The difference in breast cancer-free survival between those receiving and not receiving radiotherapy (98.5% versus 96.4%), however, was statistically significant.
"Our results are likely to lead to the consideration of omission of postoperative radiotherapy in patients meeting the eligibility criteria for the trial," said Kunkler.
The PRIME 2 trial looked at wide local excision and adjuvant hormonal therapy ± postoperative whole breast irradiation in women ? 65 years with early breast cancer managed by breast conservation
Local recurrence rates after breast conserving surgery (BCS) are falling because of increasing use of effective systemic therapy. The question of whether whole breast radiotherapy (WBRT) can be omitted in carefully defined groups of older patients receiving appropriate systemic therapy has not been addressed. PRIME II is an International phase III RCT addressing this question.
Between April 2003 and December 2009, 1326 patients were randomized to receive (n = 658) or not receive (n = 668) radiotherapy (RT).
- Ages 65 or older
- T1-2 (up to 3 cm)
- Hormone receptor positive
- Clear excision margins (minimum 1 mm)
- Axillary node negative in receipt of adjuvant hormone therapy
Patients could have Grade 3 tumors or lympho-vascular invasion but not both. An accrual of 1300 was planned to detect a difference based on estimates of local recurrence of 2% in RT group and 5% in no RT arm at 5 years, with 80% power and 5% significance. The primary endpoint was ipsilateral breast tumor recurrence (IBTR). Secondary endpoints were regional recurrence, contralateral breast cancer, distant metastases and overall survival (OS). Median follow up is 4.8 years.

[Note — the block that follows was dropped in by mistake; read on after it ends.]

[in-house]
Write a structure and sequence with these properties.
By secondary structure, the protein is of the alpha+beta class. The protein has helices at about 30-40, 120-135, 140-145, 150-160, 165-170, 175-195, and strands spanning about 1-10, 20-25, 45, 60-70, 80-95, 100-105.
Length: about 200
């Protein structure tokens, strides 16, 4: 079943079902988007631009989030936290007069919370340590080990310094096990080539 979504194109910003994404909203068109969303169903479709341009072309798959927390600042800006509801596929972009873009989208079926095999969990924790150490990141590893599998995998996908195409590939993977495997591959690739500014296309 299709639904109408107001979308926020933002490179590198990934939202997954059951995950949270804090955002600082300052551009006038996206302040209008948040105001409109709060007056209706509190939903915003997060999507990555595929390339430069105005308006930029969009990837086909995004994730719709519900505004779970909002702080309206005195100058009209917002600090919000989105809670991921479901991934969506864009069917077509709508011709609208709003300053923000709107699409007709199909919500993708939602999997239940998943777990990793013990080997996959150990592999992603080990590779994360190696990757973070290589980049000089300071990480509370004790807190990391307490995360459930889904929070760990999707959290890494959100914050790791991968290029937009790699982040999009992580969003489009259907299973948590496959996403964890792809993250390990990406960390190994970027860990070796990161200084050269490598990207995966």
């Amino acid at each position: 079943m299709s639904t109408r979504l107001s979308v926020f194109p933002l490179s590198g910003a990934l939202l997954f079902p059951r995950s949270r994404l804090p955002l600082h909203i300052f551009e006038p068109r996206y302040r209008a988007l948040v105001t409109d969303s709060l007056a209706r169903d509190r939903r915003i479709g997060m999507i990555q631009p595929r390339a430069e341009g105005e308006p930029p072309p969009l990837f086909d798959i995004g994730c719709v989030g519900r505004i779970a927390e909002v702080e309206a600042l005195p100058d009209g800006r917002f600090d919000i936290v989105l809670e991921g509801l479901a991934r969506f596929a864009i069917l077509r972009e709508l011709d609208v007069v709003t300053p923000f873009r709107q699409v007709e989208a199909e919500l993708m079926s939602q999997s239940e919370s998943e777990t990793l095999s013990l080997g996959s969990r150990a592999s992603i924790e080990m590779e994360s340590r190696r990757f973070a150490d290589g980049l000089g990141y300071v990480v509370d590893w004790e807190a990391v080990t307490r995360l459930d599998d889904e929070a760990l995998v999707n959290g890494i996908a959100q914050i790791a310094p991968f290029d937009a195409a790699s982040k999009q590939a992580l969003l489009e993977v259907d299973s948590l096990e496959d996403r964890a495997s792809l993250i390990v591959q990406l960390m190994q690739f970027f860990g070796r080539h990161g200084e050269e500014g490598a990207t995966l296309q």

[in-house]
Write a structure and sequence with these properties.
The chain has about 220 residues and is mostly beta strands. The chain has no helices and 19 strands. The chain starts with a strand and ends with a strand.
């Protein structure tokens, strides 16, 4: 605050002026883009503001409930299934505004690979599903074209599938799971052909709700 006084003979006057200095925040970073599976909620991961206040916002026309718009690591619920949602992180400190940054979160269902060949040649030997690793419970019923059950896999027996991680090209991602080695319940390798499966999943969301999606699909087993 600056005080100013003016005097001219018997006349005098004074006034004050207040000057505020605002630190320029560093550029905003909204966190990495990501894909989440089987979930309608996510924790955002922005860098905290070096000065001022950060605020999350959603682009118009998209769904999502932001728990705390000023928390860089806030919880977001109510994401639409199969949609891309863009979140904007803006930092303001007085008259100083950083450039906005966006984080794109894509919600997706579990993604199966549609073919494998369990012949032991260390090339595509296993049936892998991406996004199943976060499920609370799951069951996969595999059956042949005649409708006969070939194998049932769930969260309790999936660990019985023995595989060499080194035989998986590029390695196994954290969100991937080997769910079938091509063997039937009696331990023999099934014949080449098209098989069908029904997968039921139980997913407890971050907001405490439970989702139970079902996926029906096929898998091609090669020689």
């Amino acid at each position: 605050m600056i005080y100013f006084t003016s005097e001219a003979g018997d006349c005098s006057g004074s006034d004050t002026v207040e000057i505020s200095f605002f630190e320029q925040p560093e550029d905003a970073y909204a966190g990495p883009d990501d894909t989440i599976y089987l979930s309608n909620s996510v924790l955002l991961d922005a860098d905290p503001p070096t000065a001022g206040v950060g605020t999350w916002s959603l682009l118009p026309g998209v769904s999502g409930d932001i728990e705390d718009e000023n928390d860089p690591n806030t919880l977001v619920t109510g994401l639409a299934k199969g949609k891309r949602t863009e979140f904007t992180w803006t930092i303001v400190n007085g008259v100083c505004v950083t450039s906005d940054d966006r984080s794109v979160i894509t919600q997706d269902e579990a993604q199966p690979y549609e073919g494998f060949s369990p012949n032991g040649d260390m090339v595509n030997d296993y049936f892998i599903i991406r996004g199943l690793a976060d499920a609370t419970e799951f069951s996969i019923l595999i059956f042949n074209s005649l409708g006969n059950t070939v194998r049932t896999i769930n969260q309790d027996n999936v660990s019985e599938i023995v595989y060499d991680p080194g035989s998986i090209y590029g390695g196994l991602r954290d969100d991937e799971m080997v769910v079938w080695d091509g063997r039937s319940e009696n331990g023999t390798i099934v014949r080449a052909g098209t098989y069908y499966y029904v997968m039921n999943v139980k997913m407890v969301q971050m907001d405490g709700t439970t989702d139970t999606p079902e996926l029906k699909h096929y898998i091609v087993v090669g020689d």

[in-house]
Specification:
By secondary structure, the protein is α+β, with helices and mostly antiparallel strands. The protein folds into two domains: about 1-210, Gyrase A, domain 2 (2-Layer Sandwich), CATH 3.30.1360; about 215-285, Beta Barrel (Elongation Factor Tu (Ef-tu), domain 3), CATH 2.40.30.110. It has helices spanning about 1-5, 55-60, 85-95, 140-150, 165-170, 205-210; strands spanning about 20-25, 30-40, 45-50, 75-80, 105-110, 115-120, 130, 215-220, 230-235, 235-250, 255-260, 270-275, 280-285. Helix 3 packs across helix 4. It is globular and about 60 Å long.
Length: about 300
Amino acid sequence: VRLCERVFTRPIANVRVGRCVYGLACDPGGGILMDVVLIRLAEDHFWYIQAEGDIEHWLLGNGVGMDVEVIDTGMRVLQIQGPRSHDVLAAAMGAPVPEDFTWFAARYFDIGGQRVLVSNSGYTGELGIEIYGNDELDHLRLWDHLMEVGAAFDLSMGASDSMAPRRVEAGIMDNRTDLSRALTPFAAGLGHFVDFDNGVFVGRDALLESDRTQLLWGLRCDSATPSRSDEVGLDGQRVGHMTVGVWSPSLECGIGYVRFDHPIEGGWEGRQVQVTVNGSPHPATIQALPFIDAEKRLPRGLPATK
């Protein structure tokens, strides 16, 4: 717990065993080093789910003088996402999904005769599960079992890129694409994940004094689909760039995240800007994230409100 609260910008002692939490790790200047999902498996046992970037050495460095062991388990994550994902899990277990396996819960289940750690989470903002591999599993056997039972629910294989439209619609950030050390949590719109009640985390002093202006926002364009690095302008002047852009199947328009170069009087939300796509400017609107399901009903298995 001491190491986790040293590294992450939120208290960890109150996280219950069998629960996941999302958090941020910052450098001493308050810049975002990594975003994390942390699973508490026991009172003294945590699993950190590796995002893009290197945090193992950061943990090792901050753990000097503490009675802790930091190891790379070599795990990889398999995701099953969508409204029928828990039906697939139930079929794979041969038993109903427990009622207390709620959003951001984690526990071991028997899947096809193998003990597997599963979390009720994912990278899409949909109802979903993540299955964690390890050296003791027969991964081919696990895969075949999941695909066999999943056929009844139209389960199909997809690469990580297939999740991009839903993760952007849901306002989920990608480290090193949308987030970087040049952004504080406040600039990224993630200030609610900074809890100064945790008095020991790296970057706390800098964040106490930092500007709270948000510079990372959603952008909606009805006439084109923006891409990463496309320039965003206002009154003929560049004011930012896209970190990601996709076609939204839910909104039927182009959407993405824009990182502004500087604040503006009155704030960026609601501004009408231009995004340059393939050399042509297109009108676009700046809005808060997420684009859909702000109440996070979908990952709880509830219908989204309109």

- IBTR at five years: 2.7% (95% CI 1.4, 4) without RT and 0.6% (95% CI 0, 1.3) with RT
- Hazard ratio for IBTR in those IBTR receiving radiotherapy: 4.3 (95% CI 1.4, 12.7) (p = 0.004)
- Overall survival at five years: 96.4% (95% CI 94.7, 97.9) without RT and 97% (95% CI 95.6, 98.4) with RT, (p = 0.25)
- Breast cancer-free survival: 96.4% (95% CI 94.9, 97.9) for no RT and 98.5% (95% CI 97.5, 99.6) for those receiving RT (p = 0.03). This difference was due to the greater IBTR in the no RT group
No significant differences in regional recurrence (0.8% no RT versus 0.5% RT), contralateral breast cancer (0.7% no RT versus 0.5% RT), nor distant metastases (0.5% no RT versus 0.3% RT) were seen.
The majority of deaths were not linked to breast cancer (32 no RT versus 24 RT from a total of 76 deaths), with no influence of omission of RT (p = 0.3).
The PRIME 2 randomized international Trial has shown that omission of RT in women ages 65 and older with pN0, hormone receptor positive breast cancer receiving endocrine therapy results in only a 2.7 percent five-year IBTR. Although RT reduces IBTR significantly, the absolute reduction in this study is very small. RT does not reduce the rate of regional recurrence, distant metastases or overall survival. Early results only, five-year median follow-up results to follow in November.
The study was funded by the Chief Scientist's Office for Scotland. Kunkler declared no conflicts of interest.